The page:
So instead you attack the problem from the female side, choosing your best colored hens and matching them with good clean males. You hope your pullets get their coloring from the dam, with the sire accenting that coloring. After you’ve done this enough generations, you’ll have females that consistently throw good colored pullets because you’ve cemented in those accessory genes on both chromosomes. Cockerels out of this line will be too light, but the females should be really nice.

The opposite for the male line: choose your darkest female and breed her to a nicely colored male. This will keep her cockerels in the right color range. Females from this line will be too dark, but will be good breeders for more cockerels.

As far as the black birds I’ve never seen a black Dominique, but I’ve seen some pretty dark hens, and two of our cockerels (one purchased, one hatched) are on the darker side and I think they look lovely, we look forward to seeing how their offspring look in the future. Both of them were also very fast feathering, so I wonder if that had anything to do with it? Both of them still have two barring genes, but it would be cool to see a single barred (Bb) male – a rooster with a hen’s coloring on those beautiful tail feathers! 😀 But I think you’d have to do a cross out to a black bird these days – in the old days Doms were crossed with a lot of breeds, including black Javas, so I’m sure it was more common back then to get half-barred (Bb) males.

The white Dominiques were from crossing in a different breed to increase egg size. I can’t remember what breed that is but somewhere there’s a website that says even who the breeder was… maybe Mr Field’s site? Too tired right now to look! 🙂 Because it’s recessive white it shows up many generations later.

Melody Hobbs You ask “But how can you do that without having a nearly white bird, or one with multiple white feathers”

Right now, I have my pullet pen set up; the girls are average to slightly dark colored but typey and great layers, and the males is so light that at first glance he appears powder blue. IOW, he is several shades lighter than the hens.
So I start with dark hens like these:

Pen them with a male like this with no white feathers, just very narrow dark bars:

And end up with pullets like this:  (Works for me anyway.)

Mark Fields believes the origin of white Dominiques can be traced back 50 years in the Voter line to the introduction of *one* white game hen in Robert Henderson’s flock in the 1960’s, and that very well could be. Then again, Henderson got his original birds from Dr. Harwood, and Harwood’s birds had produced white sports as far back as the 1920s. Harwood’s birds were a mix of old lines from New York, Darlington and Yerks; he advertised they were a mix of the oldest and purest Dominiques in the country, and he wasn’t kidding. As the other breed Harwood kept was black Javas, it’s not likely the white came from an outcross. Henderson was always looking to improve his birds and also got stock from Uber and Gallagher.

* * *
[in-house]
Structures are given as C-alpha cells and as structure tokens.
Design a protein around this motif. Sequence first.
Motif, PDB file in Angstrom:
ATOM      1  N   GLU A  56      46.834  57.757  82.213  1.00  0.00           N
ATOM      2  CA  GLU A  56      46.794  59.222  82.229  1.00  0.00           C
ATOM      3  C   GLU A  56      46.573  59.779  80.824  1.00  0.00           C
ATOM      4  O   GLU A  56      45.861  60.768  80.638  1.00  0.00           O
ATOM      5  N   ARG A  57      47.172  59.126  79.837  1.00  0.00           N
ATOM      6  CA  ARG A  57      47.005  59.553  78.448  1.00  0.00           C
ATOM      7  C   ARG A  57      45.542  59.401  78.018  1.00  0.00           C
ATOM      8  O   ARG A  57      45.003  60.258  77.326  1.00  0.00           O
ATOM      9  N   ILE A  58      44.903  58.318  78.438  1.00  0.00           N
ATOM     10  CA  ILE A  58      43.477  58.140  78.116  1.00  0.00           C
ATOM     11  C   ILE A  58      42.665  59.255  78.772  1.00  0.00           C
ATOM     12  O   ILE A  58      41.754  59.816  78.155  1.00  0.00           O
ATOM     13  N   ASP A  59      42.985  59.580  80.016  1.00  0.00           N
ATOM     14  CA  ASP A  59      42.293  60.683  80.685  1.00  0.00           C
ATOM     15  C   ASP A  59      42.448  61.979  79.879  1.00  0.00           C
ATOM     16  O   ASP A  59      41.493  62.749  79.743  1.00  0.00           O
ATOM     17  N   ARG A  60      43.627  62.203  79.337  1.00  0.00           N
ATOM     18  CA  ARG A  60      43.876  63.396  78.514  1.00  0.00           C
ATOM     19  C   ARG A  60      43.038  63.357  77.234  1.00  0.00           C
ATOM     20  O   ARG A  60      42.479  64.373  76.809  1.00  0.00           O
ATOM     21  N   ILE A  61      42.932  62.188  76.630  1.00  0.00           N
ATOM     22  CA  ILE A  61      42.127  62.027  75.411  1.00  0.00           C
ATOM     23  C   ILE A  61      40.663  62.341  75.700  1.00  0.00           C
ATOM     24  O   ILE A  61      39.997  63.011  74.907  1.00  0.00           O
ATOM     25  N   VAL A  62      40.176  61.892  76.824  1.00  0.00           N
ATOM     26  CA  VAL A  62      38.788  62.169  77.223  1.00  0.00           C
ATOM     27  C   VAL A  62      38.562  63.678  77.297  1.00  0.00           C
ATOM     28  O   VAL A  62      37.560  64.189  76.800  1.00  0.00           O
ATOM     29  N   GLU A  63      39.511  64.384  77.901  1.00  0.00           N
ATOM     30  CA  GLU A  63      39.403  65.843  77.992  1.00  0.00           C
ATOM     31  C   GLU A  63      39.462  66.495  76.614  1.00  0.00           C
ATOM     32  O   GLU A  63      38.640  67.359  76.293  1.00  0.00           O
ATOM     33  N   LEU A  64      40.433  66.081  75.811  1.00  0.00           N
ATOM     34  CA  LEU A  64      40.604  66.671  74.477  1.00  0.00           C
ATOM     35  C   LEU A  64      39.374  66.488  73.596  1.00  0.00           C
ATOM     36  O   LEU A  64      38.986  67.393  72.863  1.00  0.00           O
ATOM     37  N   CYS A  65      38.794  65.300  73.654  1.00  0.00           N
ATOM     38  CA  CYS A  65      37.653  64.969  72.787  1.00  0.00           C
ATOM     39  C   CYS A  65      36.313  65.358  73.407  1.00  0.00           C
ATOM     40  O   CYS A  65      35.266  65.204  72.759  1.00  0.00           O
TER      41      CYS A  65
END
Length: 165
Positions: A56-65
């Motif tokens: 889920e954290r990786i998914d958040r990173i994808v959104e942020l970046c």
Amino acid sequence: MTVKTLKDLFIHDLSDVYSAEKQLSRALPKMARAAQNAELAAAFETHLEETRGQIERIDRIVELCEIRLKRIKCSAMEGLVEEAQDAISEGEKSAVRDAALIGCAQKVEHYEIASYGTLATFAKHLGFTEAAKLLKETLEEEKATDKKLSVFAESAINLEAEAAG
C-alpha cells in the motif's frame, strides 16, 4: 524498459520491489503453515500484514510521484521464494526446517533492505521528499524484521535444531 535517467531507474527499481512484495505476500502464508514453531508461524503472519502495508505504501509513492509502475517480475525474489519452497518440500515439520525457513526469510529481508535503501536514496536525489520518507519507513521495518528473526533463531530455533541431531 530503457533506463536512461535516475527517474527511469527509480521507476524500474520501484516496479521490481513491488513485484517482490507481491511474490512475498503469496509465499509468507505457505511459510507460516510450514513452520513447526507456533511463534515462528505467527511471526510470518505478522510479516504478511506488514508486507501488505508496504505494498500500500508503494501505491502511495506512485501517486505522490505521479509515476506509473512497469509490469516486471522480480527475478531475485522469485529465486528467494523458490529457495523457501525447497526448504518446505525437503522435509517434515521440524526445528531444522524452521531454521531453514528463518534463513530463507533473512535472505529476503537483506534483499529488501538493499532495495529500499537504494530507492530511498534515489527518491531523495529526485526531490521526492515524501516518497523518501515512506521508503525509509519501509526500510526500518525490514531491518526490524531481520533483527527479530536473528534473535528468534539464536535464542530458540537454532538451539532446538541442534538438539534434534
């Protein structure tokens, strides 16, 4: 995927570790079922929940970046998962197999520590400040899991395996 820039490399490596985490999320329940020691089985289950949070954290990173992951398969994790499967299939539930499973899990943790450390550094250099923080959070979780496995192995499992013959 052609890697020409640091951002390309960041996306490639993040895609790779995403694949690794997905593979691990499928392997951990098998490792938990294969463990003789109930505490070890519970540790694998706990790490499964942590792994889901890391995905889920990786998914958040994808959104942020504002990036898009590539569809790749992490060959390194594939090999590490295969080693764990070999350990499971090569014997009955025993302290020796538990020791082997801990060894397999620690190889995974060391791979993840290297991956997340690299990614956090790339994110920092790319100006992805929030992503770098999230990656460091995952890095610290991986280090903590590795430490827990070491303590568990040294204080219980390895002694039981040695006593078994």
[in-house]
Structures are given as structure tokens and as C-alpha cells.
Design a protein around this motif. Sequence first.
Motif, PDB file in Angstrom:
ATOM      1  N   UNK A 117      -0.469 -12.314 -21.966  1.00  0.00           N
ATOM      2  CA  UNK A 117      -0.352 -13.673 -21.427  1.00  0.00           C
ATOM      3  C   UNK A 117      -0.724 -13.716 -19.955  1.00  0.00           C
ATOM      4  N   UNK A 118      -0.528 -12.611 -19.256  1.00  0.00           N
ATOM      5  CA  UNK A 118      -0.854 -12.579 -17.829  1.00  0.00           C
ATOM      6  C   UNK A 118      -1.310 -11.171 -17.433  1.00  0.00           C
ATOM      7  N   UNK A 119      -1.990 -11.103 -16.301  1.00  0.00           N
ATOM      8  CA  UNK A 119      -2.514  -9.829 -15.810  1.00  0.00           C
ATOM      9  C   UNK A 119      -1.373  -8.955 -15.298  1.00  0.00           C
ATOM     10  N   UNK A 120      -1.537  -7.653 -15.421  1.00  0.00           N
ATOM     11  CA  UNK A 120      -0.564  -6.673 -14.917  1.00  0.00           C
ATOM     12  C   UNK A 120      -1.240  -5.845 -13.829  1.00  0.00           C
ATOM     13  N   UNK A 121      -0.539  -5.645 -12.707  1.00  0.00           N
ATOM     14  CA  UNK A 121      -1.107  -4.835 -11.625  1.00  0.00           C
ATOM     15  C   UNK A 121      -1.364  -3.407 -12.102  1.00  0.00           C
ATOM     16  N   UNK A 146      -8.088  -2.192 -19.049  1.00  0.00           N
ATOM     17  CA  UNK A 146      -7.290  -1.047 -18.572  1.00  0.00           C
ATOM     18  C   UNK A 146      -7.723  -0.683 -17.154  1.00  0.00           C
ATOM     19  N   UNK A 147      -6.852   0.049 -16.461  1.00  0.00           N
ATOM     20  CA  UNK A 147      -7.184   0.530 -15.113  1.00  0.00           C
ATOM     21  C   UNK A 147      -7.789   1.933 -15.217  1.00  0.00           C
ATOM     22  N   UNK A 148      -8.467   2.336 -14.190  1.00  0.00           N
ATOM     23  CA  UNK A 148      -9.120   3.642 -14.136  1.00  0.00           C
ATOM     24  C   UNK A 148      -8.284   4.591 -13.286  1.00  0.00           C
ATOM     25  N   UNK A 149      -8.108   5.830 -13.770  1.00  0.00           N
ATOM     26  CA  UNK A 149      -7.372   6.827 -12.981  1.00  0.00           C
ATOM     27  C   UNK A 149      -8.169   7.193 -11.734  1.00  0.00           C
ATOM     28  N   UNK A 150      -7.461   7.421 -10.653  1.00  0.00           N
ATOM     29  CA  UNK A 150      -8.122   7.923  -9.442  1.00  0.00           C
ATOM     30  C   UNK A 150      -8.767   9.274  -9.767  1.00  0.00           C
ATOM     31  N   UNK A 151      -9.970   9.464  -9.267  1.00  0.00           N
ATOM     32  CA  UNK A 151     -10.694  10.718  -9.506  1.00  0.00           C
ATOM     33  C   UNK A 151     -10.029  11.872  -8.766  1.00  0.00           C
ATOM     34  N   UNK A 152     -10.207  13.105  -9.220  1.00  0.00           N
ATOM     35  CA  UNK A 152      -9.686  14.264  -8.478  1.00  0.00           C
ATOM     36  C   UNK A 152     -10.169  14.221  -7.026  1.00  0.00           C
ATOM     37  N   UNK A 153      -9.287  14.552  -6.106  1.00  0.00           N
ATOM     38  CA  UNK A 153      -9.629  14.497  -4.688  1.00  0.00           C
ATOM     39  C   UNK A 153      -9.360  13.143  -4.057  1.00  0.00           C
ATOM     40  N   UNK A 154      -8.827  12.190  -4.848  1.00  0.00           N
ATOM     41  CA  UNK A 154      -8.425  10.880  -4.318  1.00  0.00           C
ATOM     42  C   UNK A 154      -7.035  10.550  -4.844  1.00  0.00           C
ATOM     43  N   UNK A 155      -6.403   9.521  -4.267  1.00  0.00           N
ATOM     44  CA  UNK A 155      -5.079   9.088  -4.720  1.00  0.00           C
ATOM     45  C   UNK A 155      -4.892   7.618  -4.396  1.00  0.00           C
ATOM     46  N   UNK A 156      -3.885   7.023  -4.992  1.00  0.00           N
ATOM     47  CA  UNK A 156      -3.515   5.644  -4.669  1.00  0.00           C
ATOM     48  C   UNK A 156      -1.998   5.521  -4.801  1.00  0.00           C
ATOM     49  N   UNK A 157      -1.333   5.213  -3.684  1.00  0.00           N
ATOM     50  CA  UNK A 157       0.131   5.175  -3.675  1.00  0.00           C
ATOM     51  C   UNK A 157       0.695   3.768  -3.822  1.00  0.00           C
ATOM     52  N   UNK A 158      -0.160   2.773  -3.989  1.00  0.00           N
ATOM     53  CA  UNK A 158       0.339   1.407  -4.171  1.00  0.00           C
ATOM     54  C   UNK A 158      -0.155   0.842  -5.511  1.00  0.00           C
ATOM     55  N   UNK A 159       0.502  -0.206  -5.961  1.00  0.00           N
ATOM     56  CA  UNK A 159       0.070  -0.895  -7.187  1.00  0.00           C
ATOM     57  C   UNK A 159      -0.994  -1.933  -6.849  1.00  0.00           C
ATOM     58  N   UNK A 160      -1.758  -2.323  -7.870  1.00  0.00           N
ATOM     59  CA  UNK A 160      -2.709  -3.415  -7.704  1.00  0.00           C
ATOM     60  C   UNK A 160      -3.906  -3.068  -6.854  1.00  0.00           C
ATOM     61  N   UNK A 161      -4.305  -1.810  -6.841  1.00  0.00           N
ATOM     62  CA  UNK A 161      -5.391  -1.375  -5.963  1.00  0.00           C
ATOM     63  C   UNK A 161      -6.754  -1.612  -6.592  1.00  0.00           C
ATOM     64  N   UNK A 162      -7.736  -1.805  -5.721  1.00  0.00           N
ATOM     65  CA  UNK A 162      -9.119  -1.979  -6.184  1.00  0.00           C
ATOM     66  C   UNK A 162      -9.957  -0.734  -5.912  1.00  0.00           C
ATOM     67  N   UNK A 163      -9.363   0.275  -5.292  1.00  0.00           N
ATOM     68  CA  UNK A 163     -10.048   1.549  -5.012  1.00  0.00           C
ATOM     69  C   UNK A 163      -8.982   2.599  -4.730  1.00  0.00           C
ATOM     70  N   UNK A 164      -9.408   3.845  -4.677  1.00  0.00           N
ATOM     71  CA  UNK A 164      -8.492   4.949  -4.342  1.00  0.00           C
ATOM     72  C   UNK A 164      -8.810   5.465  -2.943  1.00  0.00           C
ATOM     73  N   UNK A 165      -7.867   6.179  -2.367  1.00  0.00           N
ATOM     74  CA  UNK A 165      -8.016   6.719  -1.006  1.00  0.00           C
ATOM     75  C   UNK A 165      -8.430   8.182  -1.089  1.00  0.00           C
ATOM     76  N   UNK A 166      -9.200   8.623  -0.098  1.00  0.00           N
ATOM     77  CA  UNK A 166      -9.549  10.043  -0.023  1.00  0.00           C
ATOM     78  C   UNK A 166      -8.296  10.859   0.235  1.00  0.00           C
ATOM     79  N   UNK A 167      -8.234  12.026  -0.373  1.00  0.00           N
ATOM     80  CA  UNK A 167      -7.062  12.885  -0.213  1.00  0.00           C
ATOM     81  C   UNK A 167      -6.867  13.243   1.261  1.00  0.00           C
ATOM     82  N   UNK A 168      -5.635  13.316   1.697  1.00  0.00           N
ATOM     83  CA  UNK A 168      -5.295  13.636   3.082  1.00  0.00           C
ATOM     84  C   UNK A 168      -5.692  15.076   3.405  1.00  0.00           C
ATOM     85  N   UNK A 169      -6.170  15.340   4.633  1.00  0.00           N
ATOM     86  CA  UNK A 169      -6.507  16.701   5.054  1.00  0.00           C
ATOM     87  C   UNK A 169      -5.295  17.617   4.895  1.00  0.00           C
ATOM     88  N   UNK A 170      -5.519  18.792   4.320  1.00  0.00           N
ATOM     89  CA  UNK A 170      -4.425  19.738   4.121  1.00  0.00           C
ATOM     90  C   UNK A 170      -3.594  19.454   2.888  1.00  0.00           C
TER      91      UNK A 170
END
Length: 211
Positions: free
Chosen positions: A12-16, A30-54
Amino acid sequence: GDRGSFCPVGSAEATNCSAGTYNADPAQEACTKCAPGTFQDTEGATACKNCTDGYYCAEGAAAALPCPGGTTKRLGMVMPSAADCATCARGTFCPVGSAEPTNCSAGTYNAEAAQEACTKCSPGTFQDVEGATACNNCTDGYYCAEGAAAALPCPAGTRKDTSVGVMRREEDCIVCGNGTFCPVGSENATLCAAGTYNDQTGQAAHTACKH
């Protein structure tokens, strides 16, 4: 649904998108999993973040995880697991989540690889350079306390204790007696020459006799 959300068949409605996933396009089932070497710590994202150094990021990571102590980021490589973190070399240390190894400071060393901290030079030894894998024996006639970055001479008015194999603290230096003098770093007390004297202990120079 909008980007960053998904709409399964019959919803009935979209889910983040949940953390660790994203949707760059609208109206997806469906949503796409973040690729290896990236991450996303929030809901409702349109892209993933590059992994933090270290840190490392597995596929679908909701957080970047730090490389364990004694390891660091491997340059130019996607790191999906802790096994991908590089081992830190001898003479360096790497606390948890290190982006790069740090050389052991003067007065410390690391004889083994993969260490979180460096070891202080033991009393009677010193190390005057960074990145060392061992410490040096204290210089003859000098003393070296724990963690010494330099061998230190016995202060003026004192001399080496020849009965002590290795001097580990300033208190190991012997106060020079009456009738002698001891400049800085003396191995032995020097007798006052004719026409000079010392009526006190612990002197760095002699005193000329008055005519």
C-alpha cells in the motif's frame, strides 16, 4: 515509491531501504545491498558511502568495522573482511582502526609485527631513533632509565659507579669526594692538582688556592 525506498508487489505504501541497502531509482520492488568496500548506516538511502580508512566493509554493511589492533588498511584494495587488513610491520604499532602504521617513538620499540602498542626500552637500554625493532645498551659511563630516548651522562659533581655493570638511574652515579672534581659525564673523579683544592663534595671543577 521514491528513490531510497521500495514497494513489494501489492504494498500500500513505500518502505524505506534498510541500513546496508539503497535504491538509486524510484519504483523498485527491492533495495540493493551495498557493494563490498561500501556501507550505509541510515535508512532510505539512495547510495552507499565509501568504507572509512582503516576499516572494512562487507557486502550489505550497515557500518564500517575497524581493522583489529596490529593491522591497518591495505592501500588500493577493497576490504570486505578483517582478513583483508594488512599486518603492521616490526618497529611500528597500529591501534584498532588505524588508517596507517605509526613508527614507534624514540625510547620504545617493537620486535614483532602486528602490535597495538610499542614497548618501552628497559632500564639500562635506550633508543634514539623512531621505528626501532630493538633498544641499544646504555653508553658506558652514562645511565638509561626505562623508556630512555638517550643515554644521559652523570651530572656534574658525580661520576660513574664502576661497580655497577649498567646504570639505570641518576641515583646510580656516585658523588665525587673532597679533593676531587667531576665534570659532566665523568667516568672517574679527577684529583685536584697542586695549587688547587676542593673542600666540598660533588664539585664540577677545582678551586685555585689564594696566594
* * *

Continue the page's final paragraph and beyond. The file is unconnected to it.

Recently, I’ was told that linebred Hyman stock have also produced white birds. Hmmmmm, trace those back: Hyman got his birds from Gallagher, who got his from Uber, who’s original birds came from someone in New York. Hyman later added birds from both Voter and Uber. IOW, there has always been some outcrossing -within the breed- between the very best purebred lines. I suppose it’s possible, but it just doesn’t seem likely that every white Dominique that has hatched over the last 50 years have all descended from that one hen, and it certainly doesn’t explain the existence of white sports 40 years before that.

Anyway, I once again have a few here to fool around with when they’re older. I can’t bring myself to refer to living, breathing animals as a “project”; to me, a “project” is fixing the screen door, or the leak in the greenhouse roof…So for now, they’re just my special pets. ;^)

Tracey Rodenbach Nana- I always felt sorry for the birds being sold on auction sites being referred to as “projects”. Poor things. I’m sure in every genetic form, they can occasionally throw out a white. I mean, it happens in deer, buffalo, horses, etc. Oh, to be able to have been around to get our hands on any of those people’s stock!!

Tracey Rodenbach Nana- Now you’ve got my interest flowing on this. I just love what everyone contributes to these discussions- awesome stuff!! It also makes me excited to see what will come of my “love connections” this year with Jed. I’m starting this program off very small so far- I never intended to have roosters, but then Jed came along and made me want to try and keep his line going, since he’s the last.

Heaven Roberts This discussion is getting awesome! 😀 Nana, it is the same technique that we’re talking about, just from different angles.
I will try to get some photos of what I mean by dark females… I know we have some somewhere. I culled the darkest out because we had some from one line that had black, real black, on the legs and combs, etc. The male from this line has the appropriate slate coloring in his light areas, but unfortunately has those light bars almost the same width as the dark bars. We are hoping to reproduce his coloring but with a wider light bar.

But if we look at these females closely, they appear so dark from a distance but when you look at their individual feathers, the coloring in them is a smokey black on a light slate color. If we could get that color with better patterning, we’d have really nicely colored birds. BUT we aren’t focused on color yet we aren’t focused on color yet 😀 I have to keep telling myself that when we’re culling birds and choosing breeders lol

You’re doing the same thing I’m suggesting, but we just have different definitions of dark and light